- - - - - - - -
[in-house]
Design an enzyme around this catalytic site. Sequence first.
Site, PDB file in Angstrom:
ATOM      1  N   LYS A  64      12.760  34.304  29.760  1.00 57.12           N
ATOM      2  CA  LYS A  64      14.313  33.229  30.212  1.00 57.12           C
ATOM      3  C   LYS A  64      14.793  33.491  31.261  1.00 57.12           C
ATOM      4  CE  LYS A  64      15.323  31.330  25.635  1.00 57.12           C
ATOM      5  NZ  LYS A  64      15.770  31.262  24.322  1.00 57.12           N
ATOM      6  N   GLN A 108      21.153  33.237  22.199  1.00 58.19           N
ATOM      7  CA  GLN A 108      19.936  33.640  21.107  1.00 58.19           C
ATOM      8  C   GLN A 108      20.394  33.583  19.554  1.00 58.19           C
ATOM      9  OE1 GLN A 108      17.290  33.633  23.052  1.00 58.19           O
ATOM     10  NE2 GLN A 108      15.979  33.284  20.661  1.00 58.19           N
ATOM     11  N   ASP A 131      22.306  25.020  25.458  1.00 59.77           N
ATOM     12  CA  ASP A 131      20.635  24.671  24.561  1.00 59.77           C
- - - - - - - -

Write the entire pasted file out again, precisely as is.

[in-house]
Design an enzyme around this catalytic site. Sequence first.
Site, PDB file in Angstrom:
ATOM      1  N   LYS A  64      12.760  34.304  29.760  1.00 57.12           N
ATOM      2  CA  LYS A  64      14.313  33.229  30.212  1.00 57.12           C
ATOM      3  C   LYS A  64      14.793  33.491  31.261  1.00 57.12           C
ATOM      4  CE  LYS A  64      15.323  31.330  25.635  1.00 57.12           C
ATOM      5  NZ  LYS A  64      15.770  31.262  24.322  1.00 57.12           N
ATOM      6  N   GLN A 108      21.153  33.237  22.199  1.00 58.19           N
ATOM      7  CA  GLN A 108      19.936  33.640  21.107  1.00 58.19           C
ATOM      8  C   GLN A 108      20.394  33.583  19.554  1.00 58.19           C
ATOM      9  OE1 GLN A 108      17.290  33.633  23.052  1.00 58.19           O
ATOM     10  NE2 GLN A 108      15.979  33.284  20.661  1.00 58.19           N
ATOM     11  N   ASP A 131      22.306  25.020  25.458  1.00 59.77           N
ATOM     12  CA  ASP A 131      20.635  24.671  24.561  1.00 59.77           C